Alaa Mohamed Ibrahim Sabbah

Water Treatment and Desalination Training Instructor


In recent years, surface water purification with ultrafiltration membrane has become an attractive alternative to conventional clarification. No or less need of chemical agents, good quality of produced water independent of feed water quality, good removal efficiency towards microorganisms, less production of sludge, compact process, and easy automation are some of the advantages of ultrafiltration compared to conventional treatment. Originally, ultrafiltration was used to remove turbidity and microorganism from good-quality surface water. Nowadays the main goal is to improve this technology and to apply it to worse quality sources for the removal of microorganisms, natural organic matter (NOM), Total Organic Carbon (TOC) including particulate organic carbon (POC) and dissolved organic carbon (DOC), disinfection by-products (DBPs) and other components. {1}

 Ultrafiltration (UF) involves pressure-driven separation of materials from a feed solution. The technology is used to remove particulate and microbial contaminants, but it does not remove ions and small molecules. Pressure drives the process, which typically operates with a feed pressure of 4 to 100 psig. UF plants are mostly and have low operational labor requirements. These systems, however, can require frequent cleaning. UF membranes have a service life of three to five years or longer, which is comparable to reverse osmosis membranes UF modules are commercially available in tubular, hollow-fiber, plate and frame, and spiral wound configurations.

 UF membranes reject solutes ranging in size from 0.03 microns and larger. The UF membrane process separates molecules in solution on the basis of size. The pore size and molecular weight cut-off (MWCO) are often used to characterize a membrane. The pore size is the nominal diameter of the openings or microspores in the membrane expressed in microns. The MWCO is the molecular mass or weight of a solute that rejects greater than 90 percent. The unit of measurement for MWCO is the Dalton (D). Different membrane materials with the same nominal MWCO may have differing solute rejection. Pore size distribution and uniformity rather than the chemical nature of the membrane material may cause this effect. Because factors other than pore size or MWCO affect the performance of membranes, challenge studies are used to demonstrate membrane performance and benchmark different membranes.  {2}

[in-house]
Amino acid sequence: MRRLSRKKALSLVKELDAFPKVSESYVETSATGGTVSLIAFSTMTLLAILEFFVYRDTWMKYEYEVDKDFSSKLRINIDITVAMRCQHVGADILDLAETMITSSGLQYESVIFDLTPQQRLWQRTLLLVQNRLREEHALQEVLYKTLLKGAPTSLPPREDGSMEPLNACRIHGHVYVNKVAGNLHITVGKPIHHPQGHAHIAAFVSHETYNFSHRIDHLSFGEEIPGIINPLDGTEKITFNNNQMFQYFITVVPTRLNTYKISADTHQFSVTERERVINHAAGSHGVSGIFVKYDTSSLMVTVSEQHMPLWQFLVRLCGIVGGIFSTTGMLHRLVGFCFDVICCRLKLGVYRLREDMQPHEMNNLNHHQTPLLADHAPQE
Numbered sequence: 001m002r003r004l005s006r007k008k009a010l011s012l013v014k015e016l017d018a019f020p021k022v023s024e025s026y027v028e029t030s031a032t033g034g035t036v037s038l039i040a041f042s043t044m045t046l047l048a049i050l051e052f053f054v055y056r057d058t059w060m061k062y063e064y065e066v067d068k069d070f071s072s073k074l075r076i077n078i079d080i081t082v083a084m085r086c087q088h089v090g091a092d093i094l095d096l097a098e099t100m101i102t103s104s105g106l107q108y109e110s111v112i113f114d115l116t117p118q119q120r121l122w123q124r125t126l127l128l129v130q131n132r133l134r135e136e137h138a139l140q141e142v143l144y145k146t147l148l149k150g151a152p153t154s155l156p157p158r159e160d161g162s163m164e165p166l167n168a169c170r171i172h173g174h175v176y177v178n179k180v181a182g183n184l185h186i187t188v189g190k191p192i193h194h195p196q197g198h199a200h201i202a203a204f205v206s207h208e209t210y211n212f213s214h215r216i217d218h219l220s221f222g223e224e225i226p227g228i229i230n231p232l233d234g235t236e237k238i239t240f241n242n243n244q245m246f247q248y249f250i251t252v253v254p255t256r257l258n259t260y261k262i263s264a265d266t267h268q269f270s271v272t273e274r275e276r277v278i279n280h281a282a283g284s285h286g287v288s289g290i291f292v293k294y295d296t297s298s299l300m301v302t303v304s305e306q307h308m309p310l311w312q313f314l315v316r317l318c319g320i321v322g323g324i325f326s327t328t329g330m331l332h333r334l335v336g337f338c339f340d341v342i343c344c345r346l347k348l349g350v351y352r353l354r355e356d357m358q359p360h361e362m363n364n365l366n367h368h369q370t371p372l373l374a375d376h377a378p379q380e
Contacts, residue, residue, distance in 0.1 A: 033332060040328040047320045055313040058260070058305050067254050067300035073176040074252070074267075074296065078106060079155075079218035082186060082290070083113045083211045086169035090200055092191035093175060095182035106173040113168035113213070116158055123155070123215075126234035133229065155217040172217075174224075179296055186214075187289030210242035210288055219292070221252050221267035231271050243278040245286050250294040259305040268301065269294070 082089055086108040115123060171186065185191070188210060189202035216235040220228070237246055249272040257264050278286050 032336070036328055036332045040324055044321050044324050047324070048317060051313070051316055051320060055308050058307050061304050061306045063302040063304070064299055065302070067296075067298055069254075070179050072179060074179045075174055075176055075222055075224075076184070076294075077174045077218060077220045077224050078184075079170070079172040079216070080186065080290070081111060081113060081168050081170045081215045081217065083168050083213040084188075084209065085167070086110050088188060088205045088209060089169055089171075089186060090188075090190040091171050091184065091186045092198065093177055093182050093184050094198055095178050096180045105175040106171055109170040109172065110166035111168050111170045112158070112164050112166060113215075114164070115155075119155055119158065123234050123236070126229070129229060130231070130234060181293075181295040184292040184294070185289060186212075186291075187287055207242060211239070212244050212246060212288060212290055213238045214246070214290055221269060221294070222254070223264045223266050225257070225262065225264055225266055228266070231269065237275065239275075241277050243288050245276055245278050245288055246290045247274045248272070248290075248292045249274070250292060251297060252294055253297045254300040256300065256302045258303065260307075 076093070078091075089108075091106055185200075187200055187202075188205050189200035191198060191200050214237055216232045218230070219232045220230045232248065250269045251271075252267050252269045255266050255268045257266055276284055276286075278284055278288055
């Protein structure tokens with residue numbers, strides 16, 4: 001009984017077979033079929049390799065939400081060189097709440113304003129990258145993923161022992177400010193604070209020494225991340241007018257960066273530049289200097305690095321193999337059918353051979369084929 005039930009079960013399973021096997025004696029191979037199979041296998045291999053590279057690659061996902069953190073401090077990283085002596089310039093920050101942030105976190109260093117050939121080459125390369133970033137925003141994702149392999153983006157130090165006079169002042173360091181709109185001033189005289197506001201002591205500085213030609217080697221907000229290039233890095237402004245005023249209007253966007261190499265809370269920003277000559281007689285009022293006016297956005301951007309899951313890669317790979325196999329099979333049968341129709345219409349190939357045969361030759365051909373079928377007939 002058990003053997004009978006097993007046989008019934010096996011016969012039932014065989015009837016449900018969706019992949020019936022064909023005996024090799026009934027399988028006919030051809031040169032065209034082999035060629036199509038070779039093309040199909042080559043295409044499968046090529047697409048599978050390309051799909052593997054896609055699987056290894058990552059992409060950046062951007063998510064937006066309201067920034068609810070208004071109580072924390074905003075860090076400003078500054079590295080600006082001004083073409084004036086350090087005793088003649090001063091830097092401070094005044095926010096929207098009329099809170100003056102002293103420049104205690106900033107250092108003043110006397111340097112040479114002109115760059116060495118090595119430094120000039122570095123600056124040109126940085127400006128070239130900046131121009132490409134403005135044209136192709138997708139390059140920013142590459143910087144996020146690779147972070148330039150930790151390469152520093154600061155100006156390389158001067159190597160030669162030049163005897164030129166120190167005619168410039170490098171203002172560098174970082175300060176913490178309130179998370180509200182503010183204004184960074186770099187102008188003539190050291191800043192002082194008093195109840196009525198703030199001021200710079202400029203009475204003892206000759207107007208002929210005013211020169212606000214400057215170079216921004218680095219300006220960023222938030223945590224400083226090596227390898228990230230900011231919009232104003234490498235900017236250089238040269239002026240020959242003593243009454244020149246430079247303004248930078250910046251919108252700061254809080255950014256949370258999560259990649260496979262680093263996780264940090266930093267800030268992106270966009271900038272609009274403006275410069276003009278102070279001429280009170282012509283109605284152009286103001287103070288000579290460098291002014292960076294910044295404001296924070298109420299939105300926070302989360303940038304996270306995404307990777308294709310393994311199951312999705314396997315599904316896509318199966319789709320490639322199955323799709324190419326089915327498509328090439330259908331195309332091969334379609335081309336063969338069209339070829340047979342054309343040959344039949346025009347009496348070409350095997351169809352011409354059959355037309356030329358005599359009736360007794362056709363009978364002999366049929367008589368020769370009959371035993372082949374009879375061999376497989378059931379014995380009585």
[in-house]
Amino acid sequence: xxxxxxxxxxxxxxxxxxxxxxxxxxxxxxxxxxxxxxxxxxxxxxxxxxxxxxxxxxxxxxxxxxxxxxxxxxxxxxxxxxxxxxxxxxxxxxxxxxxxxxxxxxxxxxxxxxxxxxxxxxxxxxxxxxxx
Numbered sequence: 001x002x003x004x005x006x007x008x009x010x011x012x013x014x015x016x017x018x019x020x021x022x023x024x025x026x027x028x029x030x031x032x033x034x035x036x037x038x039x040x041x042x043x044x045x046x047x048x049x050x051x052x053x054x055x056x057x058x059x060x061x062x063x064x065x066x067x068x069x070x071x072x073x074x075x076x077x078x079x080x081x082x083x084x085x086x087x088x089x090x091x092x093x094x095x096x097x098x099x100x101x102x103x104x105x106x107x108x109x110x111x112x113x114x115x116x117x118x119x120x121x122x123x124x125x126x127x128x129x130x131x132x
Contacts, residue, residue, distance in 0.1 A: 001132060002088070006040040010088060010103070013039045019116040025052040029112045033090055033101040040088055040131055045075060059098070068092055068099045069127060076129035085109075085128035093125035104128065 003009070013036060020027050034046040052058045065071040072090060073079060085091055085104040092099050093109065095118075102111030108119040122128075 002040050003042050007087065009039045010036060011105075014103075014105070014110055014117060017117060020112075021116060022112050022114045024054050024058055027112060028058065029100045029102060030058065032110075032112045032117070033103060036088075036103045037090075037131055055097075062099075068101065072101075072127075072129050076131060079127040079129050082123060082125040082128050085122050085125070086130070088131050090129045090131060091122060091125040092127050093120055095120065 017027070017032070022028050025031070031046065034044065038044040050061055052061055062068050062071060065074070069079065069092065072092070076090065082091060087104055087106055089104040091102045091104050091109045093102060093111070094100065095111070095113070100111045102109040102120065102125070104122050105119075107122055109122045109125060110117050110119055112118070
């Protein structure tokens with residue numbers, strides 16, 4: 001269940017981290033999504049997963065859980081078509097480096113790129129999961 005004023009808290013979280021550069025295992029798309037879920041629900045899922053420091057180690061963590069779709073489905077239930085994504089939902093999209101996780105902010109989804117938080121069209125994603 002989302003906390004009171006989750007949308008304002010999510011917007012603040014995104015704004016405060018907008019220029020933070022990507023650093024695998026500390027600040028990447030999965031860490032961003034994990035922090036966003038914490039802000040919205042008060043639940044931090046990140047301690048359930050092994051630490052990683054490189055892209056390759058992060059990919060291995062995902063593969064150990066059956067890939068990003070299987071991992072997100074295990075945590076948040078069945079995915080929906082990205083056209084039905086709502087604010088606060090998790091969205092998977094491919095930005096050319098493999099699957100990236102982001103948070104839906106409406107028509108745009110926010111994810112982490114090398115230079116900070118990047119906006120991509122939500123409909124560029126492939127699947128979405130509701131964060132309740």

2- Main fields of applications of Ultrafiltration {3}

  • Municipal and industrial waste water treatment and reuse
  • Drinking water processing, it makes up part of an advanced clarification system and can be integrated after settling or flotation, to filter out particles, removal of bacteria and viruses.
  • Surface water treatment for industrial use
  • Seawater pretreatment for removal of colloidal silica and micron suspended solids to RO feed and to ensure SDI less than 3.0. {4}

3- Information Required For Selection of Adequate UF System  {3}

  • Feed Quality

» Non ionics: turbidity, TSS, COD, TOC, color, silica

» Ionics: dissolved metals, alkalinity, silica

    Since ferric and aluminum cations; if present, may hydrolysis to give the Fouling

    colloidal hydroxides

» Others: temperature, pH

  • Capacity

» Nominal flow

» Peak flow

  • Required filtrate quality

» Micro biological removal efficiency

» Removal of organics and color

  • Other considerations

» Redundancy

» Footprint


4- Objective of Ultrafiltration: {3}

  • Colloidal silica and other inorganic colloids removal up to 8%
  • TOC removal:

                                POC Removal – 100 %